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Key attributes of a successful hotel website

Published :2010-09-28 17:00

by Stephen Saugestad


If you’re a hotelier, you’ve probably heard the phrase “best practice” bandied around in the context of designing and building a website. Typically it’s nothing more than a buzz phrase in an industry that’s littered with them. At best, it’s a self-serving way for businesses to make their process sound more legitimate. At worst, it’s trick designed to make people believe that it's endorsed in some way by the larger community of companies who serve businesses in your industry.

Instead we adhere to a set of principals we've developed through trial and error, refined by our experience designing and building websites for tourism and hospitality clients. This is an evolving list that we adapt to the ever-changing technical and social landscape. We hope you find it useful.







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When you are putting together your packages, specials, and promotions, make sure you follow some general rules. Use language that suggests urgency ("book now", instead of "reservations"), position it on the page so users will always see it (above the fold [sic] on the most common monitor resolutions), make it accessible on every page if you can, and add a visual accent with color or motion.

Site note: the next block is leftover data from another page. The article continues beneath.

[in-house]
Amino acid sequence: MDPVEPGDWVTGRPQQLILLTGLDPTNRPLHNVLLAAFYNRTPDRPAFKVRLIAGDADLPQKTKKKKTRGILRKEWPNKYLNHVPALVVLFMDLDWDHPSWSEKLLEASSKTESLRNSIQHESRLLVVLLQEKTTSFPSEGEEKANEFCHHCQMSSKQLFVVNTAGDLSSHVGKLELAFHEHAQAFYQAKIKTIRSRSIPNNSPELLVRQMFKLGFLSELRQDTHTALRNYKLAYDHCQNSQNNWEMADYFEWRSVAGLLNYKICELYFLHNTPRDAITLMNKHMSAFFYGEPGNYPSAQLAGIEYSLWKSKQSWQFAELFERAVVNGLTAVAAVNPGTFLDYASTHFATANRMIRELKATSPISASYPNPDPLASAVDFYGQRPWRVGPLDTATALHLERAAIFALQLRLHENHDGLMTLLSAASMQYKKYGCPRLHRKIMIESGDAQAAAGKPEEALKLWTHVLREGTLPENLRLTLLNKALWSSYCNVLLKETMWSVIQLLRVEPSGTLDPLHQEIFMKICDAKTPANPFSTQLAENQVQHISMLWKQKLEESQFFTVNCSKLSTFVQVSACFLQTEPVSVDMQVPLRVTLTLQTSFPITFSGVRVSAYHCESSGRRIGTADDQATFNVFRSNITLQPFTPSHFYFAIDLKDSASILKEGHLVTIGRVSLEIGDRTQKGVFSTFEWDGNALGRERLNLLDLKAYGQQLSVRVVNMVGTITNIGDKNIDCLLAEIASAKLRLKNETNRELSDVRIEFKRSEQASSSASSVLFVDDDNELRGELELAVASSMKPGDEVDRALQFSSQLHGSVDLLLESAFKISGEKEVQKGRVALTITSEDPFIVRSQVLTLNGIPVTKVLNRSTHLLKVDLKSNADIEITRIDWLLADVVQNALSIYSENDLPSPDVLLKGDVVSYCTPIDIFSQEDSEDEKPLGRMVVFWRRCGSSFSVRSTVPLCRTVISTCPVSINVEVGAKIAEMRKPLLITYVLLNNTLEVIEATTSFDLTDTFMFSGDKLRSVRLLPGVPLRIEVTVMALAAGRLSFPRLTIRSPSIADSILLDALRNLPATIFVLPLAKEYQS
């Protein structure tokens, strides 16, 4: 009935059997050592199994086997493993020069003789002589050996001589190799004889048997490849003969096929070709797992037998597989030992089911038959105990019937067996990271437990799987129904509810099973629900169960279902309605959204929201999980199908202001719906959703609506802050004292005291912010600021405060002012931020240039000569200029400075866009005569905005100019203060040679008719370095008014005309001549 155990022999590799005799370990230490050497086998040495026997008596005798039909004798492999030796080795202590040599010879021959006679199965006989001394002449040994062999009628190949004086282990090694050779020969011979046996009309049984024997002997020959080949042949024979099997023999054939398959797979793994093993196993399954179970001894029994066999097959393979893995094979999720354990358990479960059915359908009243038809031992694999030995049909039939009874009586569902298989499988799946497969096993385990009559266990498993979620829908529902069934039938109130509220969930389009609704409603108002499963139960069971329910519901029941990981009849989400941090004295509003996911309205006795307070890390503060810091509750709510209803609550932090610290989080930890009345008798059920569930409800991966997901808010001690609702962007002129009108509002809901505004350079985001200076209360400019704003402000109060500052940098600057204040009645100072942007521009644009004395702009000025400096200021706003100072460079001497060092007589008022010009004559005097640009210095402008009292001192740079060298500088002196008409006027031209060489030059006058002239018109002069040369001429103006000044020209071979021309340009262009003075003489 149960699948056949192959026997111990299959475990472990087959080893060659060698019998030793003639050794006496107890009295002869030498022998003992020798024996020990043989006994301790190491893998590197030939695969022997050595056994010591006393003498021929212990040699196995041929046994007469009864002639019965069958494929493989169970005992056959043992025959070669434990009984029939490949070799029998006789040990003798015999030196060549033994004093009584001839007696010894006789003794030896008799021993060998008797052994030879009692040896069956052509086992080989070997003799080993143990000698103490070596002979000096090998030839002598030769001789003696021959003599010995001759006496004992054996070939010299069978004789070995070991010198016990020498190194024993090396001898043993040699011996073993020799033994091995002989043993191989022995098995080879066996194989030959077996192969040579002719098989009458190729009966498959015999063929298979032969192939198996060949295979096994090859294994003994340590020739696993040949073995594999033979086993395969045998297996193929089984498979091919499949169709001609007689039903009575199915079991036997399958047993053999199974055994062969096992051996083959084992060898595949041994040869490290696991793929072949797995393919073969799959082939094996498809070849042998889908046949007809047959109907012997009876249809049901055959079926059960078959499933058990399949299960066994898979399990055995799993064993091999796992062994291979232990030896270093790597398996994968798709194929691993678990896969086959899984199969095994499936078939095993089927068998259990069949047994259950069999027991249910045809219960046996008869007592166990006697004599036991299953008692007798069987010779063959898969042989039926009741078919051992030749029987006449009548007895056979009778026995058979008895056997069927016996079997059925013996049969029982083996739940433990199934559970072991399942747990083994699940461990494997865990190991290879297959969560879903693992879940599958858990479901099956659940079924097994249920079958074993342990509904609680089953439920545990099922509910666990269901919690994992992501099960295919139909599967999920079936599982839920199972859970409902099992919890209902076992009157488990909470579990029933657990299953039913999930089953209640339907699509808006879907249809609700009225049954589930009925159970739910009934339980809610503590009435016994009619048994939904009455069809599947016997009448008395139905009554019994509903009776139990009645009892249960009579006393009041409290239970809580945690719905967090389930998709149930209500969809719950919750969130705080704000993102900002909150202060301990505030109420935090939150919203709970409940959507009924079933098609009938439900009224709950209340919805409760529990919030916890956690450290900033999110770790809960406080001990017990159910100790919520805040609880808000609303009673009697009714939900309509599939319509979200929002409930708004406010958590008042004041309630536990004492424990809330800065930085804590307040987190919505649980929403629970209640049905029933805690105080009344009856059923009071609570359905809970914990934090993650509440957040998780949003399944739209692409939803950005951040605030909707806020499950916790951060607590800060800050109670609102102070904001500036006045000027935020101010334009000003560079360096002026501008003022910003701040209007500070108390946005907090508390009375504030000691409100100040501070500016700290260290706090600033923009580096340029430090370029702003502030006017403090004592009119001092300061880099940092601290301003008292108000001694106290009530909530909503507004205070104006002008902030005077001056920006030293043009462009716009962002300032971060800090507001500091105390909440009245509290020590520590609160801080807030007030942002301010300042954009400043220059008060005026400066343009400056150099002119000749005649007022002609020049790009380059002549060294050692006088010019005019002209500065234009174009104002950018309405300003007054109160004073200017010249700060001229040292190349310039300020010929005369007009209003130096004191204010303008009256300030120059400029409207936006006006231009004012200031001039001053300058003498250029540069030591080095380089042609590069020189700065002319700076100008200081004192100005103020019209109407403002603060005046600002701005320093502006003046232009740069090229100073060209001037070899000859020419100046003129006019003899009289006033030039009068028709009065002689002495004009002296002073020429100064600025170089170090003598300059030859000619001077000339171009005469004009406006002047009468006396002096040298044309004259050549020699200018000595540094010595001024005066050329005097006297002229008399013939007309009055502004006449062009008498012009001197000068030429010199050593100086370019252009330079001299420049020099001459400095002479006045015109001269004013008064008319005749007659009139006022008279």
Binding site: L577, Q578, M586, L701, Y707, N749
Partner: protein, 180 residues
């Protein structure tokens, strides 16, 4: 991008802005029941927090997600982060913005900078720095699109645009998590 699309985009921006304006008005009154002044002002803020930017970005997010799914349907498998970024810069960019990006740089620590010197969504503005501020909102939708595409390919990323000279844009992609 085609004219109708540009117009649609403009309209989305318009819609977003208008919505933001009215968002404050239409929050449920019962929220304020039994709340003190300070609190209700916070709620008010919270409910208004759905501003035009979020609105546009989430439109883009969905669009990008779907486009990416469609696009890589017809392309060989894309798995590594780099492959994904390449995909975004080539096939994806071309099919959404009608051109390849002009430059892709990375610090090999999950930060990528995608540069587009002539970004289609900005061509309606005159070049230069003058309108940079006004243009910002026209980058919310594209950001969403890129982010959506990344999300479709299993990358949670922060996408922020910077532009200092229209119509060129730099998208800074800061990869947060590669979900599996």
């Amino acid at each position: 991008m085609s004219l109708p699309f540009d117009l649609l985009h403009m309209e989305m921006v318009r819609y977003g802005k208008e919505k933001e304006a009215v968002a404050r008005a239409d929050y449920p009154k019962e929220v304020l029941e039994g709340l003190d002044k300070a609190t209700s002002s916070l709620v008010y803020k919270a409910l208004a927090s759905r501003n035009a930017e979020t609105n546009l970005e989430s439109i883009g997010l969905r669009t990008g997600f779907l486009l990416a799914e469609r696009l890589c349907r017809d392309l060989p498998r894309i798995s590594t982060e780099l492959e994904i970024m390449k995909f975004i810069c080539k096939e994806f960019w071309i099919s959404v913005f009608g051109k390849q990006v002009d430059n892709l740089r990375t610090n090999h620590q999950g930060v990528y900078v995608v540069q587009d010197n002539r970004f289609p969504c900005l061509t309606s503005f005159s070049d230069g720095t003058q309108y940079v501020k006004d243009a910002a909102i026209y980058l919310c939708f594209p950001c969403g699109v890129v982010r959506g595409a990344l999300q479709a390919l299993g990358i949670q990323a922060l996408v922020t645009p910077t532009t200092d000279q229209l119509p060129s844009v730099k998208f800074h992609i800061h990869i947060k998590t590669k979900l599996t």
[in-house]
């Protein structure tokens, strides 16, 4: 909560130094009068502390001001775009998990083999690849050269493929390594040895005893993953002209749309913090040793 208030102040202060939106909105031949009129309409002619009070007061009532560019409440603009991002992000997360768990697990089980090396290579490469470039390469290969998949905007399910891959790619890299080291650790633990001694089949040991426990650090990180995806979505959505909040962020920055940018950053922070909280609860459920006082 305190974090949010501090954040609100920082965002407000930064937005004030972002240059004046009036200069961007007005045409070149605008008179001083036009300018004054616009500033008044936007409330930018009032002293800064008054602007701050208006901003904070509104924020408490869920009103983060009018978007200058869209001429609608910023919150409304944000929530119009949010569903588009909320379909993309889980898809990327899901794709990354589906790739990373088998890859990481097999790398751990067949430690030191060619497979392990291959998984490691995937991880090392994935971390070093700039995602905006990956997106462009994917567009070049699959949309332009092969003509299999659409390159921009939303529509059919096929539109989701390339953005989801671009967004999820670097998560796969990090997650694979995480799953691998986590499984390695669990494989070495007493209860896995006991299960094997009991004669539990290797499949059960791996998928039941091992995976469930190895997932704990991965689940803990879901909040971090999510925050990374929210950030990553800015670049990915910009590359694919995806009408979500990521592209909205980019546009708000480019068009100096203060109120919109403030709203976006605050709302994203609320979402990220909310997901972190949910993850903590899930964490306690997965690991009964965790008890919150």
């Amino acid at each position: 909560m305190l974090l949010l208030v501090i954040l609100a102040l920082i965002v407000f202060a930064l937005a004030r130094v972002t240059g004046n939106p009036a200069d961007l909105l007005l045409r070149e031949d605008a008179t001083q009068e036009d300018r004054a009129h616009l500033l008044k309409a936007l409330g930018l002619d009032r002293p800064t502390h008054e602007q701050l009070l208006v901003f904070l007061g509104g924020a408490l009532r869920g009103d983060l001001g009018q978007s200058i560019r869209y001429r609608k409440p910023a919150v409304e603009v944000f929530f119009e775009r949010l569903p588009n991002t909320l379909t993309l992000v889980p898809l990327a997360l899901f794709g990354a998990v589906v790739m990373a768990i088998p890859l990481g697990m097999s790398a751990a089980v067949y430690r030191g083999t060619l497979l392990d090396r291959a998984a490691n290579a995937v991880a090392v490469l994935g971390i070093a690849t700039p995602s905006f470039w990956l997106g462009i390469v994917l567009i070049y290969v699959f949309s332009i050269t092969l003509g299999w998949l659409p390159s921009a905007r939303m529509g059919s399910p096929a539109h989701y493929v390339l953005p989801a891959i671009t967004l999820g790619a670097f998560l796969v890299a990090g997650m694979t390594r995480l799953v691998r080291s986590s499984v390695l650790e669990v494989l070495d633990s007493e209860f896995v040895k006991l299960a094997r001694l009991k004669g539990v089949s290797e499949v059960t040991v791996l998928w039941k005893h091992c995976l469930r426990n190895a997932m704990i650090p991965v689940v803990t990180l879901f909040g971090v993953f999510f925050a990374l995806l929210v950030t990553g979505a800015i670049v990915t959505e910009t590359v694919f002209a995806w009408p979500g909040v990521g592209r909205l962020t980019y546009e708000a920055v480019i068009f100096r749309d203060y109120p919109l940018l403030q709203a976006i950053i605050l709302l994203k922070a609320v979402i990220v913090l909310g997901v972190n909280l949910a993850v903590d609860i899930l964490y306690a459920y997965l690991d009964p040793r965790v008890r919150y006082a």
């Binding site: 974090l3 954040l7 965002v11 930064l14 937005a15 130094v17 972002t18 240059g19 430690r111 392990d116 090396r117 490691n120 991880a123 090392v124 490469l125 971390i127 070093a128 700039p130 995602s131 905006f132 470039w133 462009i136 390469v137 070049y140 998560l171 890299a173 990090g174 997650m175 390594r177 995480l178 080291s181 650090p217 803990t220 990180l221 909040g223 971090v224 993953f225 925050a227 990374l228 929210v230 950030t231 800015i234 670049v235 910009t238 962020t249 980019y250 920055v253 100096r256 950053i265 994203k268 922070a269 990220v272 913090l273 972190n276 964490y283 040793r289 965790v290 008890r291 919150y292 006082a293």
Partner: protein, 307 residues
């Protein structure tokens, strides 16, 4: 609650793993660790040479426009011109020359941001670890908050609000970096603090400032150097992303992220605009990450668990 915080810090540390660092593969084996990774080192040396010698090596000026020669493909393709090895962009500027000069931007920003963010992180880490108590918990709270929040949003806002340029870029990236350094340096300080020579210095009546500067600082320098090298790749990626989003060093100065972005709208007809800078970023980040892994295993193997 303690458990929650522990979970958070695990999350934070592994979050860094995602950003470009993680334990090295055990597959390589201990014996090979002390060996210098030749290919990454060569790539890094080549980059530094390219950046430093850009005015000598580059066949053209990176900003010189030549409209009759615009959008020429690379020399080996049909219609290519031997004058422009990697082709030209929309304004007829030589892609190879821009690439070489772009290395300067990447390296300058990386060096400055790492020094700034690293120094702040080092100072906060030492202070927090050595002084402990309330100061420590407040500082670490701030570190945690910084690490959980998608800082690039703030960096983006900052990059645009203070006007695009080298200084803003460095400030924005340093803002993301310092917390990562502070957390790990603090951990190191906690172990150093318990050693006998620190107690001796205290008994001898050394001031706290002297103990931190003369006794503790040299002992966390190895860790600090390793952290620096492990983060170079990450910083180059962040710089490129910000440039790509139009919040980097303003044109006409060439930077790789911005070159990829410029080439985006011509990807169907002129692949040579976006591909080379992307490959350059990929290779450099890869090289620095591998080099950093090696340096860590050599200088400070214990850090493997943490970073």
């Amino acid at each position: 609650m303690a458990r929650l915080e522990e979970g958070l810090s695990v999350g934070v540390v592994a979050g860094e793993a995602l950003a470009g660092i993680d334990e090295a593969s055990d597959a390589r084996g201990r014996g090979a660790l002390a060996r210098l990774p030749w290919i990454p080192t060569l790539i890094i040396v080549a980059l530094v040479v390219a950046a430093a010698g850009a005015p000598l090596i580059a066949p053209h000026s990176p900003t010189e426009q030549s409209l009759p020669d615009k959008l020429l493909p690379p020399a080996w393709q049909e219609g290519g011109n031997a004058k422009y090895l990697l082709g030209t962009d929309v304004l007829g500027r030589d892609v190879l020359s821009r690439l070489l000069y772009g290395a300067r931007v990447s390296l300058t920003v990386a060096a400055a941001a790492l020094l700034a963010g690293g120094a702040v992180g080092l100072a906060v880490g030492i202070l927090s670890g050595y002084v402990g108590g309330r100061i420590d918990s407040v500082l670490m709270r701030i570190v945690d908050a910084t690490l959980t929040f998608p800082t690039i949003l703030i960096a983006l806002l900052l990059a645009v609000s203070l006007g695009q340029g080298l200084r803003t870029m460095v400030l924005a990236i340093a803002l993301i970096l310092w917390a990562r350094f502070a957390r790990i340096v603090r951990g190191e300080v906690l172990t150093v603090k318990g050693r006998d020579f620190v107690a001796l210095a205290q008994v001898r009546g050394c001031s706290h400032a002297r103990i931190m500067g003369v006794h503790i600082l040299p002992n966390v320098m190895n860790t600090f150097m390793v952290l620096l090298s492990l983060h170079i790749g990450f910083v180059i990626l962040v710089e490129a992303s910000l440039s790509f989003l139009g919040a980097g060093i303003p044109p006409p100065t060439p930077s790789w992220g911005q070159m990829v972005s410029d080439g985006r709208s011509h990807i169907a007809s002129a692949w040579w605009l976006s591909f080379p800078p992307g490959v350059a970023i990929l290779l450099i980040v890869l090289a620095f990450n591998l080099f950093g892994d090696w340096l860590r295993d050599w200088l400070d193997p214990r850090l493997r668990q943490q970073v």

Language is important: "book now" will convert higher than "reserve".

For example we always do a promotional offer interface for our friends at MTM. We use eye-catching photos and motion that automatically scrolls between offers to draw the user’s attention – check out Bardessono at

Entry points + clear paths

How do you intend a user to begin their interaction with the site? What’s the most desired interaction? Does the page design and architecture foster this course of action?

Nietzsche once stated that “to predict the behavior of ordinary people in advance, you only have to assume that they will always try to escape a disagreeable situation with the smallest possible expenditure of intelligence”. Keep this in mind when you’re designing the interface of a website. When users don’t find what their want in a second or two, they start clicking around mindlessly in search of their intended destination. Increase the likelihood that they'll find what they're looking for by making the intended action clear to the user.

Make the intended action clear to the user.

There are many ways to make the entry points more obvious to the user. If you have an interactive element on the page, use (simple) language that tells the user how to engage the tool (e.g. “start!”, “let’s go!”). If you’re using a video, tell the user where to go once the video has played. If you want people to sign up to your subscriber list, just collect the email address, and do it from the same page.

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